The weekend turned out very differently than I planned. It could have been much less. And it would have been, had we not reached out for help, stepped outside our guide book and took a small risk.
After asking for information and directions on public transportation, a man we meet outside the closed National Museum offers to spend his Saturday with us and take us to the Field of Blackbirds, 8km from Pristina, the capital of Kosovo. My mother always told me not to get in a car with strangers. This is either the first line of my obituary or an amazing opportunity.
After several hours of deliberation, we accept Valon’s kind offer and meet him the following morning. The day is perfect and unlike any other. It includes surprise stops at the Jewish cemetery, Gracanica Monastery, and the Tomb of Sultan Murad. Instead of looking at the empty Field of Blackbirds with a guide book in hand, we are instead able to talk through its history with both an expert and a local.
A long lunch is filled with discussions of family, wars and occupations of the distant and recent past, travel, and culture. As always happens when I travel, I leave with more questions than when I arrive. As twilight descends, he takes us to his office at the Ethnographic Museum, where we have cups of tea before a private tour the way only an expert and student of cultural anthropology can give.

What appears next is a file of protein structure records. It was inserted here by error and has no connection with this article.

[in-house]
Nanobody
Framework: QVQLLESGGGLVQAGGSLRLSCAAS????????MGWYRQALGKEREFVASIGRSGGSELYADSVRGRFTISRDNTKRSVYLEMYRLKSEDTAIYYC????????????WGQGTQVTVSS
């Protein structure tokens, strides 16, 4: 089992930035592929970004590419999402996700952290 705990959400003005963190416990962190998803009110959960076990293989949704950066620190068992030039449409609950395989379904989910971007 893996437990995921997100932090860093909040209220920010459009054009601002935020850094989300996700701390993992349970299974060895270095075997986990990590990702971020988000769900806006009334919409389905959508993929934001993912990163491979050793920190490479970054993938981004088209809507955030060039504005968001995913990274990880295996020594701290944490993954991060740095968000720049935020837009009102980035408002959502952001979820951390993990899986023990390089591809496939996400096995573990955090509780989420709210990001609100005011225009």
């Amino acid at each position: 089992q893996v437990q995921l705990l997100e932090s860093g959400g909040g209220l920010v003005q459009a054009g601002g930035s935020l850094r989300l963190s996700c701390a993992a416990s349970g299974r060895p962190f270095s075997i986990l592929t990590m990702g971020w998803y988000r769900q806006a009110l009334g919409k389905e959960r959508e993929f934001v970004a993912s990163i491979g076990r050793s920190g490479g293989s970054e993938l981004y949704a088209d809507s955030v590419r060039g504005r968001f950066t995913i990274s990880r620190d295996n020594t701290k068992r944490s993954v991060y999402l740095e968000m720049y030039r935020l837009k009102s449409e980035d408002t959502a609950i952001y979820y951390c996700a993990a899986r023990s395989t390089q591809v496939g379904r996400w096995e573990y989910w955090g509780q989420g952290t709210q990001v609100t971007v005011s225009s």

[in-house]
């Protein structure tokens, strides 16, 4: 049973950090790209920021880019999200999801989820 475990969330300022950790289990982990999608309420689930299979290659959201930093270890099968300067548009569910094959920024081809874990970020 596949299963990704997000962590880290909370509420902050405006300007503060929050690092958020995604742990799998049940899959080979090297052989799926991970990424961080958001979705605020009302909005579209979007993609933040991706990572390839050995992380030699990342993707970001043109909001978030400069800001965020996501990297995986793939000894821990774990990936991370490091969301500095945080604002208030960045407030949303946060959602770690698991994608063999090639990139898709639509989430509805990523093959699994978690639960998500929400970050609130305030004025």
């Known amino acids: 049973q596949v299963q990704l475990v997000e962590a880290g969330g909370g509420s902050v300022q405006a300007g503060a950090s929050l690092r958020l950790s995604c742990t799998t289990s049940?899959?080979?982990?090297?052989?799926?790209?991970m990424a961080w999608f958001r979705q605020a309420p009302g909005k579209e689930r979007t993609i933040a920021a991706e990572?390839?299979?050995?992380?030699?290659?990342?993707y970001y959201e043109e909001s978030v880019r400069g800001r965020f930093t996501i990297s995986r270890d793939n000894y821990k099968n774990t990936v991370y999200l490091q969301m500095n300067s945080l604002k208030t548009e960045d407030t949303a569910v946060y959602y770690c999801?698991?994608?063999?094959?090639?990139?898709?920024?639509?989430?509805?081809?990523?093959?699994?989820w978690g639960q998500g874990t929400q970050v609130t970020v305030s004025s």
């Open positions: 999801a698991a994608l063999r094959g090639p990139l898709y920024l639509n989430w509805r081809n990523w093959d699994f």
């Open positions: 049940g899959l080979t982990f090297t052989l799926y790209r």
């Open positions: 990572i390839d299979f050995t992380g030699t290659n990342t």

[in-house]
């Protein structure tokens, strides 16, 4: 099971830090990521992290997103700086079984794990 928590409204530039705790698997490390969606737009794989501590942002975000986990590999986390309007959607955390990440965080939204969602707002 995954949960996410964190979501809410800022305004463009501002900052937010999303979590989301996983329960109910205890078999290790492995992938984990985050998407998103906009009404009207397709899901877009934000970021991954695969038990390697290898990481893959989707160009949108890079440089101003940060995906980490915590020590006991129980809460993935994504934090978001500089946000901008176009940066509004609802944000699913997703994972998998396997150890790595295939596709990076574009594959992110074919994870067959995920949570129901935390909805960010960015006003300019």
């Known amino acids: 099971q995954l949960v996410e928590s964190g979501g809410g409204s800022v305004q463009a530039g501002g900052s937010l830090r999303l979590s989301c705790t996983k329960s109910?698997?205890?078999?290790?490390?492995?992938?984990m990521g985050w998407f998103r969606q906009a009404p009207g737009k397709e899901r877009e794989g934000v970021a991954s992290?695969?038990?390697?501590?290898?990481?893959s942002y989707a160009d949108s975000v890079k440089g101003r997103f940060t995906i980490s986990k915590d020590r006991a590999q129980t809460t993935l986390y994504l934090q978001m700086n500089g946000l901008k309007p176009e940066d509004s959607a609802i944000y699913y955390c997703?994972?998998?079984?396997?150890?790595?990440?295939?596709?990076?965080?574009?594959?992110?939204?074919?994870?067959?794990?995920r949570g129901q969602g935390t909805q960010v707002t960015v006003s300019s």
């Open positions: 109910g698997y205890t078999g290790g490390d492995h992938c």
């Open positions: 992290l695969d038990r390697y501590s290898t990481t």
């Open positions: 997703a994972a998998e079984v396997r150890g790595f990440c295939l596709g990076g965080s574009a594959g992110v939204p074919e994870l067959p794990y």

It has been four years since our day with Valon but I remember it so clearly, much more than if we’d played it safe and been tourists instead of travelers. That day we made a friend. It also watered a seed. The day helped me understand the region, but also to understand myself. It’s really the confluence of history and culture that inspires me, how they create and shape each other. Seeing these sights with Valon and being able to talk with him about these ideas I began to see what no travel review website could ever tell me.
My second lesson that day is one I continue to relearn every trip. While Valon is exceptional due to his work and knowledge of his country, his kindness is representative of the region and the world. Time after time I’ve had interactions with individuals who bent over backwards to help. Interwoven into each trip is the story of a former stranger who became a friend once I was willing to let go of a little fear and just smile, say hello or ask a question. Since that weekend, Valon and I have remained friends, and I look forward to the day I am back in Pristina, and we can catch up over cups of tea or Turkish coffee.
Thank you to my friend Walter for use of his wonderful photos from this trip. You can see more of Walter’s photos on his Facebook page at Spokenlight Photography.